– Hello Jim and thanks for being available for this short interview! I have read on a website that you got the mail idea for Majesty while playing The Settlers. Can you confirm and elaborate on this?
Jim: Yes, I was playing The Settlers, and watching one of the workers going fishing, and noticed that I started assigning thoughts and personality to them, even though I knew they had very simple algorithms behind them. It made me realize that part of what happens in complex games with automated parts is that the player makes up models in their own mind of what is happening behind the scenes, and that these aren’t necessarily accurate, but are a very interesting and complex part of playing. The stories that you tell in your head about what happens in a game are interesting and as important as what actually happens in the game. Especially so in complex simulations, and games with lots of automation.
– I definitely agree with that. On that topic, the same website states that the original idea for the game dated back to ’96 but we know Majesty came out only in 2000. Were there some delays or problems that slowed down development? Care to share some stories about it?
Jim: We worked on it for all those years, and had a variety of publishers along the way who bought it, then dropped it or went out of business, and we had to take our in-process version around to try to get it picked up by a new publisher. The only ones I remember were Ripcord, which went out of business, and Hasbro Interactive, which published it (and then went out of buisiness later). I think there was another one in there too. Iremember flying to different companies to try and sell Majesty to them. Some who we didn’t end up working with included the guys who made Command and Conquer, and the company who made Age of Empires II.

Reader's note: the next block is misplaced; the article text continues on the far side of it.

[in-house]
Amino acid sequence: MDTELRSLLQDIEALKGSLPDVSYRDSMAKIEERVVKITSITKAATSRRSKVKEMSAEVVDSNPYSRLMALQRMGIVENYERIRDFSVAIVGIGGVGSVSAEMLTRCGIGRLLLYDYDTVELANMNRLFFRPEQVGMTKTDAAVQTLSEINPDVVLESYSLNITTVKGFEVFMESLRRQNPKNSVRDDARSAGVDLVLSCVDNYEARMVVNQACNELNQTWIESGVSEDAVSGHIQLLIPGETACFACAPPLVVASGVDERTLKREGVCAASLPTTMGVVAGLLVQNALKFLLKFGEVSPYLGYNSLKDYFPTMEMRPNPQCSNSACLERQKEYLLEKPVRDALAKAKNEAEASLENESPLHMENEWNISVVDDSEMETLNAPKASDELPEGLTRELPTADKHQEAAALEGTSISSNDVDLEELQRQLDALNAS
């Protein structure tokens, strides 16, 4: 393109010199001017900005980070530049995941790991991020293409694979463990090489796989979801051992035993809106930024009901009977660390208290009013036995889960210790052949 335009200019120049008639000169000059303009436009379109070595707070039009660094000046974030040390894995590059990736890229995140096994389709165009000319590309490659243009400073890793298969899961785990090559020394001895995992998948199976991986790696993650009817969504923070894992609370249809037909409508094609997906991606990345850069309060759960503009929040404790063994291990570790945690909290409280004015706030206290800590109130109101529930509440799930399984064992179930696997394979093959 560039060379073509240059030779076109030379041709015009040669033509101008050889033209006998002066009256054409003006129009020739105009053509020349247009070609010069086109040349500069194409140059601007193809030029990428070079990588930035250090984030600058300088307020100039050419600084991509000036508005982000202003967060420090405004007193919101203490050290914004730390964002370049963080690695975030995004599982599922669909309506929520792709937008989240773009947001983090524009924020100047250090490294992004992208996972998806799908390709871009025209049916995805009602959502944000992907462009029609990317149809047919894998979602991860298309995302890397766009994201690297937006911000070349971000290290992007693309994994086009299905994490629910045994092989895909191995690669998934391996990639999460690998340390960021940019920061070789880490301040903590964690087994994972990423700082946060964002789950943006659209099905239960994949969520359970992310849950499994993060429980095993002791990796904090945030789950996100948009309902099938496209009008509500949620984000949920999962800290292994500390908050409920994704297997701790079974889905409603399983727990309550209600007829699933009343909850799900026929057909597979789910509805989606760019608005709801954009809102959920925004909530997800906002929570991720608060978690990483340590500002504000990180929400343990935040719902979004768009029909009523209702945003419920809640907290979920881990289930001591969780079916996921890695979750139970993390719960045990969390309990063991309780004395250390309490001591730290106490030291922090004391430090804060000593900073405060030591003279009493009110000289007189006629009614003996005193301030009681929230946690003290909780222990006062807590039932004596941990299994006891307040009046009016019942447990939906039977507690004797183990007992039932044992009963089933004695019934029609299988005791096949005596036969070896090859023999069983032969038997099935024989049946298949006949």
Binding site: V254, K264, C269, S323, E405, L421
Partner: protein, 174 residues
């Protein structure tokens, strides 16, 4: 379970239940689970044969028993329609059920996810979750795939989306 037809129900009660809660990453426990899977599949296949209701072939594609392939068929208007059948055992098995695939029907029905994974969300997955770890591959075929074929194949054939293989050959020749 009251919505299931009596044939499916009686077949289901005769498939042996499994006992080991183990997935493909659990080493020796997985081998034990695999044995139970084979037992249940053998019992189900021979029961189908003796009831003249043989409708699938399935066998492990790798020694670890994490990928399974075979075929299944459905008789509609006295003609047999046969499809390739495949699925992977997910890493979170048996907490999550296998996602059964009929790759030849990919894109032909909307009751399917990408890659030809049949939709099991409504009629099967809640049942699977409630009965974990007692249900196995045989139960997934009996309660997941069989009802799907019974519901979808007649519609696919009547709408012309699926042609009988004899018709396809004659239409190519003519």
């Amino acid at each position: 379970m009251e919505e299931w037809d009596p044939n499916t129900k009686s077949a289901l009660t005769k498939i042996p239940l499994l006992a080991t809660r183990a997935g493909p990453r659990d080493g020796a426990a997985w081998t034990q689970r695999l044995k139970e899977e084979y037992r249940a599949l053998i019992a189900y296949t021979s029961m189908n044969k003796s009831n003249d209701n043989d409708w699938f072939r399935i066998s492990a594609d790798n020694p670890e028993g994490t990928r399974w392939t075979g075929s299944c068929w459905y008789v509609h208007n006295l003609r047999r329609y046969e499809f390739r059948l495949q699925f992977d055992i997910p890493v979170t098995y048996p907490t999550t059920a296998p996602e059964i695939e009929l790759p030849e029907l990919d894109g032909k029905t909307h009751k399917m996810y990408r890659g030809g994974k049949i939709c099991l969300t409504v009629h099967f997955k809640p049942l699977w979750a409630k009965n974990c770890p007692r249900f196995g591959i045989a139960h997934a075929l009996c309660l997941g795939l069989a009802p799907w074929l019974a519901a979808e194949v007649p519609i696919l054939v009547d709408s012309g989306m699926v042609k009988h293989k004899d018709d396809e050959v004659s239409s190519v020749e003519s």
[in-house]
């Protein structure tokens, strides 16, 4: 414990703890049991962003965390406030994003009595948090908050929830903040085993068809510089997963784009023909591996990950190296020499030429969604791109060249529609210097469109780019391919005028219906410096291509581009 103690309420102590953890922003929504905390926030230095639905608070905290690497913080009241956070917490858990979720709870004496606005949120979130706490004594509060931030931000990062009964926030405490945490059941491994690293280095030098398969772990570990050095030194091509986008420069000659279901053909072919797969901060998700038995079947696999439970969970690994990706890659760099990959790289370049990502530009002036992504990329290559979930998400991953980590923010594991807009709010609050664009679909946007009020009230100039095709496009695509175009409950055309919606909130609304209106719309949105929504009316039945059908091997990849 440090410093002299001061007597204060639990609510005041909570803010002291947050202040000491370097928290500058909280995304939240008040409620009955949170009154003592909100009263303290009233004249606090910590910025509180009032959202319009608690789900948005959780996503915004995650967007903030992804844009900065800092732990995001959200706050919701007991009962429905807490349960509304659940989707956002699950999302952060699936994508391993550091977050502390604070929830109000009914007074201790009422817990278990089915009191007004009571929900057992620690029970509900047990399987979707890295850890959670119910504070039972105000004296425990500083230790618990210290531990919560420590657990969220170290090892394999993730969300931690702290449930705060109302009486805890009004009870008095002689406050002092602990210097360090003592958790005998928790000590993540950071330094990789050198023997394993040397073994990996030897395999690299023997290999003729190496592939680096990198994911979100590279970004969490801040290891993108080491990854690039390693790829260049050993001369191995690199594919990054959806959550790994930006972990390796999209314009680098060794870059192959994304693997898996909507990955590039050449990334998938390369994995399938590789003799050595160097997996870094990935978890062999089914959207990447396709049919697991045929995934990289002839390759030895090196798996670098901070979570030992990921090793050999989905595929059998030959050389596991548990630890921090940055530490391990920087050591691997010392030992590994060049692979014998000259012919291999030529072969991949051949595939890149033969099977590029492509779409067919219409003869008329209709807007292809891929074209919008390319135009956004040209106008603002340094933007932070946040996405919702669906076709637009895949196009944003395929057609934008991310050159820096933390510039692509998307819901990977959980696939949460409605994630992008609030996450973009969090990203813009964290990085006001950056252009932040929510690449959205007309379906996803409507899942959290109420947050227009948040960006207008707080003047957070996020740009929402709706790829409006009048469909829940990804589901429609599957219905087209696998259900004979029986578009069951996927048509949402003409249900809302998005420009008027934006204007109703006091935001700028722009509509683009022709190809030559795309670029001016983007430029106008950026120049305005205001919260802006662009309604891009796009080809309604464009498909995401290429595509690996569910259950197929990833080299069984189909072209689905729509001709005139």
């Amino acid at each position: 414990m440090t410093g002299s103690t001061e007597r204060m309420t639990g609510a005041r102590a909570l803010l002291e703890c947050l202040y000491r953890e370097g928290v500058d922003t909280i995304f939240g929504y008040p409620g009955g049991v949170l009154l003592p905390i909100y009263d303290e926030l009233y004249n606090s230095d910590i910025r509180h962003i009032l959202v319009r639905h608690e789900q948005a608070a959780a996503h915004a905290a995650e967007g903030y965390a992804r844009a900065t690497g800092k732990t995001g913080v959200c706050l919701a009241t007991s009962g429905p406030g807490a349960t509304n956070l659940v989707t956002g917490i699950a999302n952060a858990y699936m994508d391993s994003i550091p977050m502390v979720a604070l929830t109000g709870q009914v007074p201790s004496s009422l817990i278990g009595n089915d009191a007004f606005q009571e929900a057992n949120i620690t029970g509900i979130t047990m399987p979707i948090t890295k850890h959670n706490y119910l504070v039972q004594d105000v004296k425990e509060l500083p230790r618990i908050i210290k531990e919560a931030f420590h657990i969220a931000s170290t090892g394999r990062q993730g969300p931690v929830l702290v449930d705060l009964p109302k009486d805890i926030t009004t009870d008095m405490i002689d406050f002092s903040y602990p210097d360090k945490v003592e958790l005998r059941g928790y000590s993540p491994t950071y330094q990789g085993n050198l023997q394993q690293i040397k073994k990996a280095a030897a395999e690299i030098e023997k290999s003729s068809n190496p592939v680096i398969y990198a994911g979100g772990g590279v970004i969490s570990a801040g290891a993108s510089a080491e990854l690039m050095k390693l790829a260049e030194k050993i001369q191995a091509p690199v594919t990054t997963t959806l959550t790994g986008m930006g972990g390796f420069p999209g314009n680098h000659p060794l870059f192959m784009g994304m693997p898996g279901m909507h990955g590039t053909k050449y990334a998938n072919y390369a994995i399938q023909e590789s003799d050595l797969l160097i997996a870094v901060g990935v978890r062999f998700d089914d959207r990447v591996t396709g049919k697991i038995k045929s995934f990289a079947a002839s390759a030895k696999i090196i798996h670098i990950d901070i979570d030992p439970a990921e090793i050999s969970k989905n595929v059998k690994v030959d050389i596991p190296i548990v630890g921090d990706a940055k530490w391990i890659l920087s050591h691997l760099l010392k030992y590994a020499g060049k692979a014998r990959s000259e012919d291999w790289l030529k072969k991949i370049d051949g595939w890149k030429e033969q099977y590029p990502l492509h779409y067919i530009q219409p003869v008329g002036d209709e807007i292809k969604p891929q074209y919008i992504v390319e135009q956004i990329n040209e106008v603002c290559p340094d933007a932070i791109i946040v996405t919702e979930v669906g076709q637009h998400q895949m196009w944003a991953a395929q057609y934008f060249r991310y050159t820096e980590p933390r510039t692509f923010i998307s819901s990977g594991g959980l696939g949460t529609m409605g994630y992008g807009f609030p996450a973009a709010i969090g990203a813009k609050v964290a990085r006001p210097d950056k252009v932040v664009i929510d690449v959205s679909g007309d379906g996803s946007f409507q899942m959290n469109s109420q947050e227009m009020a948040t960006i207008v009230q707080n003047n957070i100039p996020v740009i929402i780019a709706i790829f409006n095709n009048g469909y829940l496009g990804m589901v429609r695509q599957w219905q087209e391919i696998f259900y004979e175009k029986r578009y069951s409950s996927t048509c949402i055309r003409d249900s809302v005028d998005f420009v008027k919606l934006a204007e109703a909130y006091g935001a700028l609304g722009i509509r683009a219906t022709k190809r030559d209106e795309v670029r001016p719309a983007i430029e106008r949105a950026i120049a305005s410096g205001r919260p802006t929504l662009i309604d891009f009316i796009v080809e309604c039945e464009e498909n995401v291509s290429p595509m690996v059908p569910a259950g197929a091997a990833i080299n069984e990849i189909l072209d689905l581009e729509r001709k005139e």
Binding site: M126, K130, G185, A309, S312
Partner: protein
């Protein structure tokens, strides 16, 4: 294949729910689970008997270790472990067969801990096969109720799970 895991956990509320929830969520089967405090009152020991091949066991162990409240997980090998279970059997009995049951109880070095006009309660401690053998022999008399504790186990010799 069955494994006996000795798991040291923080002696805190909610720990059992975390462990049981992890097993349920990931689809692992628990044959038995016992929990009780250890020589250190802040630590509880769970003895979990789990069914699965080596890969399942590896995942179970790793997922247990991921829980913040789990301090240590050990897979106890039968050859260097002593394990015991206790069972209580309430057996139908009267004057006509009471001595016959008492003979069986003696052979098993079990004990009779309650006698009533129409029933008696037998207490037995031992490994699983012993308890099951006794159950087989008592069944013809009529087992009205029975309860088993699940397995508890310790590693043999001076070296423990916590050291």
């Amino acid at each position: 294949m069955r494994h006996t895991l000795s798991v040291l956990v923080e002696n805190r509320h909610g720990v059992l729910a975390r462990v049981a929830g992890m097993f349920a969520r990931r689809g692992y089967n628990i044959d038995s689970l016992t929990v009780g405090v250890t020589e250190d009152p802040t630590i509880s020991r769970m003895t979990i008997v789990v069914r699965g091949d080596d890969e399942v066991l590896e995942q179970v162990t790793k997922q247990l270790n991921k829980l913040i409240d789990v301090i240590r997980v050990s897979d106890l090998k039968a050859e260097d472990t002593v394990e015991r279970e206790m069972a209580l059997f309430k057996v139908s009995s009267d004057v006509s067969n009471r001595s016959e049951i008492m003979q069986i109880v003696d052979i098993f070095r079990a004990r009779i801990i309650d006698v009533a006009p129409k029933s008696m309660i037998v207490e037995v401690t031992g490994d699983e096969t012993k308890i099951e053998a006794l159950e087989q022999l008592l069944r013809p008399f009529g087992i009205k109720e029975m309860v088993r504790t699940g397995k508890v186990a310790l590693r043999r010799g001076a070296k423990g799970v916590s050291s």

– So it was a long road, but was there a point when Majesty was fully developed but you still had no publisher?
Jim: It is hard to say when a game is fully developed. We kept developing Majesty right until it got published. And if we had more time it would have been more developed. So every time we lost a publisher it let us make the game better.
– Yes, that’s also true, but do you think things would have gone differently had the game been released before 2000?
Jim: If we had released the game earlier it wouldn’t have been as good or complex.
– Was there anything you would have done differenly in the game or didn’t implement for time or technological costraints?
Jim: We continually passed over ideas we had because of time and technical constraints. It is part of development. I can’t recall details of them any more however.
– Moving on, Jim, you also worked on Heroes of Might and Magic 2, along with the Beyond the Dark Portal expansion for Wc2. What did you learn while developing those titles that inspired you in the making of Majesty?